Dancing sequin

I have made the decision to get deeply into the history of organic-based materials with electrical properties. I consider that reading about how discoveries where made or even how some projects have failed is a double win-win situation.

One of the reasons is that being aware of how scientists address fundamental questions, raised before and after a scientific discovery has been made, gives you a better picture of at what extent your scientific project can have an impact on the field. Another motivation, maybe the most important for me, is that you can know a little bit of the personal life of the people behind amazing and exciting findings.

I am posting some facts that I have been collected in my personal notes for the first part of the thesis:

First scientist involved in the study of conductive organic polymers (before the discovery of metallic conductivity in polyacetylene):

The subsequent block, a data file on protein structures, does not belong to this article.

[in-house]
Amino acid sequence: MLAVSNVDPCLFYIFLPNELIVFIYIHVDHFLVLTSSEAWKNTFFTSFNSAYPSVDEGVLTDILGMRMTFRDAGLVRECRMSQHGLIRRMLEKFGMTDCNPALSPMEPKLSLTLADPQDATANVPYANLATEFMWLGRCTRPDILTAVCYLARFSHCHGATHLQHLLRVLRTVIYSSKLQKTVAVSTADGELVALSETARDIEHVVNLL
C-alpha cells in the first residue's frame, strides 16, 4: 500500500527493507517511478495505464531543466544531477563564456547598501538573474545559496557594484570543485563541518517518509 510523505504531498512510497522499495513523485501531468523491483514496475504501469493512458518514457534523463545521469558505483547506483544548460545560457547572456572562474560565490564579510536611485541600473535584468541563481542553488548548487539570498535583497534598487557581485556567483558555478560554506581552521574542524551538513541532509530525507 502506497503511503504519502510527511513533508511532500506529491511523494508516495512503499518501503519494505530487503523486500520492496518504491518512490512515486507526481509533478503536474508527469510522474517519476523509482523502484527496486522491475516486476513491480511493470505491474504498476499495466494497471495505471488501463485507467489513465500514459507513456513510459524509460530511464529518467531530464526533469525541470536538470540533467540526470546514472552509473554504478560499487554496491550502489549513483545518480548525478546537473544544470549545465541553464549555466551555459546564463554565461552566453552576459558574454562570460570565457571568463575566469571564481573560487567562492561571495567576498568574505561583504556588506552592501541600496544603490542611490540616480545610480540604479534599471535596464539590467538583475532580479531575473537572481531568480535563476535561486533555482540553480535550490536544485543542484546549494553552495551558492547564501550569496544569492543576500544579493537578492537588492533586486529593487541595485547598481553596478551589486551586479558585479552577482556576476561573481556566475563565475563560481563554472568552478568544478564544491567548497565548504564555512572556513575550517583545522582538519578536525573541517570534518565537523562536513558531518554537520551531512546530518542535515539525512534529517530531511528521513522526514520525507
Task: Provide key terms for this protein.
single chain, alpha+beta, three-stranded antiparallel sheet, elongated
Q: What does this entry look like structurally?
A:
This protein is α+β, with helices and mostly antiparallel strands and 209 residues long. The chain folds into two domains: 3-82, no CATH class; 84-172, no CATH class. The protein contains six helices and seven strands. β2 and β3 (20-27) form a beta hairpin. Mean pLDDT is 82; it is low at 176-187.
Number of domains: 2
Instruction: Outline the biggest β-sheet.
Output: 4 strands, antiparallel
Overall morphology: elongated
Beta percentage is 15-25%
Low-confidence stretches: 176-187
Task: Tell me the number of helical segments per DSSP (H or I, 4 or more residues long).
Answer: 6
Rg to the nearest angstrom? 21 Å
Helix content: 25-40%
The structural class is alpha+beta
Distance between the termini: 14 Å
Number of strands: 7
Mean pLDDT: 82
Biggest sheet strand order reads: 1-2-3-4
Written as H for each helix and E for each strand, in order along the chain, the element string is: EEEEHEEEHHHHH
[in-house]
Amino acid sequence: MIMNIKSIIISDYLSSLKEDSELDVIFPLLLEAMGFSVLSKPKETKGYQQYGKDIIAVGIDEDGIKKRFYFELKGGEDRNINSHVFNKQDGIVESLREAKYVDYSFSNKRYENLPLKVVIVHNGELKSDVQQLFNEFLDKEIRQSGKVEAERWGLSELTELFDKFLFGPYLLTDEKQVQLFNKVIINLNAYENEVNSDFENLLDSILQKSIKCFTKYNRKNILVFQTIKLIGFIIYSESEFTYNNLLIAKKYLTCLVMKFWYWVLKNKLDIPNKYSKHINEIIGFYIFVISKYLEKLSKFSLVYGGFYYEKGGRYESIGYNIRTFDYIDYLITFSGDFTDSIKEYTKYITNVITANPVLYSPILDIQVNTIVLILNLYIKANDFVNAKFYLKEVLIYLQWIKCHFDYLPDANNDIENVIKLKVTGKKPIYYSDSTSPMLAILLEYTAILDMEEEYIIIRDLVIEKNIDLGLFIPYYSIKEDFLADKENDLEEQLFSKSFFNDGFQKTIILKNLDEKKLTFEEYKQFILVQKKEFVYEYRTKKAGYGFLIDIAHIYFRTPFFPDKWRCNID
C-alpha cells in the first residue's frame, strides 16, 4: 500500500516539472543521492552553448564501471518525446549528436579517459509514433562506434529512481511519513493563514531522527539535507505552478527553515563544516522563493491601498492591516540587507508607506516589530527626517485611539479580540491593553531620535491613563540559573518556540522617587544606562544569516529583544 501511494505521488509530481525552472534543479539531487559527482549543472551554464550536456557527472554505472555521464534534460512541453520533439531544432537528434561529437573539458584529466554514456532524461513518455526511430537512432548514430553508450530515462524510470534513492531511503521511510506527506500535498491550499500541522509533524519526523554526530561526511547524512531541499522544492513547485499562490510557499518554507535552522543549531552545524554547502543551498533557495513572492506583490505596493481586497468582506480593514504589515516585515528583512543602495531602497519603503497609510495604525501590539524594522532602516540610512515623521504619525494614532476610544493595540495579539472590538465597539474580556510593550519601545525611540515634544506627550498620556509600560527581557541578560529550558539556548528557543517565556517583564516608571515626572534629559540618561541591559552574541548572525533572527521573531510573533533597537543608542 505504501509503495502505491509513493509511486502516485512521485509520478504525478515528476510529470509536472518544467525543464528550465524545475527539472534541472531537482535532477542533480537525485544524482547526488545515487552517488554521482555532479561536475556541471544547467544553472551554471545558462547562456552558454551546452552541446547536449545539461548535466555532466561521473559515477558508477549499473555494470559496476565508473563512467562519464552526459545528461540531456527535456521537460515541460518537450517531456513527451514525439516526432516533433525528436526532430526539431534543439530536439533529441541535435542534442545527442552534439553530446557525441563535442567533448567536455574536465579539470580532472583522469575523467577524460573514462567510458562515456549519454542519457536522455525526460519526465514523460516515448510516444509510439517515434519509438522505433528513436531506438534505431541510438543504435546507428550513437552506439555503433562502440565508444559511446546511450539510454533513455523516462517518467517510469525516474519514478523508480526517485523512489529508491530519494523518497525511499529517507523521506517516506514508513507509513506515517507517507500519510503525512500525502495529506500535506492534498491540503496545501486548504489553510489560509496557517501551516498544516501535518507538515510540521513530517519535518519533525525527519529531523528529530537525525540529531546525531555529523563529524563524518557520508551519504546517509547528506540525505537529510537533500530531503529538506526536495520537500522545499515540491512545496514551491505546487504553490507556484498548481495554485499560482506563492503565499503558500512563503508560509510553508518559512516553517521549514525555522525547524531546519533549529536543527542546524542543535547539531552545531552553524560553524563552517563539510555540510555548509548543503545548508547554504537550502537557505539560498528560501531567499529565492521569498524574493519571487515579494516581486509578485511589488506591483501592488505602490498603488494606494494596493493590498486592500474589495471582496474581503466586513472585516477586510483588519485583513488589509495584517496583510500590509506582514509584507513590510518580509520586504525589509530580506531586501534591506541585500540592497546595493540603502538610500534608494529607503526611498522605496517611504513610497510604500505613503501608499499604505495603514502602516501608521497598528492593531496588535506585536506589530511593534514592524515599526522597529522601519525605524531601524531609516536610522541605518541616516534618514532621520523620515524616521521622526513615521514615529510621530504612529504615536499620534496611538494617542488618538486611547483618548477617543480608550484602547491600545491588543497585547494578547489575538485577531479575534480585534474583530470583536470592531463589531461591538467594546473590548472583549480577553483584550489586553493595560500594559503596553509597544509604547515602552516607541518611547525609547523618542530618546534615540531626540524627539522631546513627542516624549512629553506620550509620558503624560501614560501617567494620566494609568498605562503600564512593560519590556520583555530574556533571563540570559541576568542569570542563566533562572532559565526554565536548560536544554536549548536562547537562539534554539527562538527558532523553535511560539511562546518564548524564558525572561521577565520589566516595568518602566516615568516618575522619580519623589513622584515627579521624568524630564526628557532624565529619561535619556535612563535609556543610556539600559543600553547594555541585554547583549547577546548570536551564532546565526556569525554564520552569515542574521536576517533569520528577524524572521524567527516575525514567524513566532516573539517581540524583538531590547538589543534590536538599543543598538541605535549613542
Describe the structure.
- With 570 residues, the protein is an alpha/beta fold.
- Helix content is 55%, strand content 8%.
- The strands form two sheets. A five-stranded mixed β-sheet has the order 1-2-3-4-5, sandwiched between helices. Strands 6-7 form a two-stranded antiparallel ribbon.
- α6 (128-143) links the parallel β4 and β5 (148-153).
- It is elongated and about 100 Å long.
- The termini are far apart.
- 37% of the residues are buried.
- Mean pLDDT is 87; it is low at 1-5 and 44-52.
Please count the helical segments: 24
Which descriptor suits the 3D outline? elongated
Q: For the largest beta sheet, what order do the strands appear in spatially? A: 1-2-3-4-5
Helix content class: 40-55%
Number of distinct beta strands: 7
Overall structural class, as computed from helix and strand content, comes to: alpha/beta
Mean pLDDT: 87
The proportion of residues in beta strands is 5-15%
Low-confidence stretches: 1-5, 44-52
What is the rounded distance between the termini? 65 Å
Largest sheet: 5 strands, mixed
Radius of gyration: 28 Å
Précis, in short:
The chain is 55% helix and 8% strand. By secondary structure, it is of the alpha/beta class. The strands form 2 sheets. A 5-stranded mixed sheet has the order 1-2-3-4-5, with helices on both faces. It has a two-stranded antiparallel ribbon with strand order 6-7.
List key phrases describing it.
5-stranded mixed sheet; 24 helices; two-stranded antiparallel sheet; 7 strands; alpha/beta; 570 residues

• Donald Weiss on polypyrrole
  • René Buvet and Marcel Jozefowicz on polyaniline.
 
Origin of macromolecular phenomena in polymers and the advances in saturated polymers:
  • Hermann Staudinger developed the concept of macromolecules during the 1920s. Staudinger was awarded the Nobel Prize in Chemistry in 1953 “for his discoveries in the field of macromolecular chemistry”
  • Wallace Carothers invented nylon in 1935.
  • Flory published in 1953 his book: Principles of Polymer Chemistry. Nobel prize 1974.
  • Ziegler and Natta were awarded the Nobel Prize in Chemistry in 1963 “for their discoveries in the field of the chemistry and technology of high polymers”
  • Professor Bengt Eanlay dessignated electrically conducting polymers as the “fourth generation of polymeric materials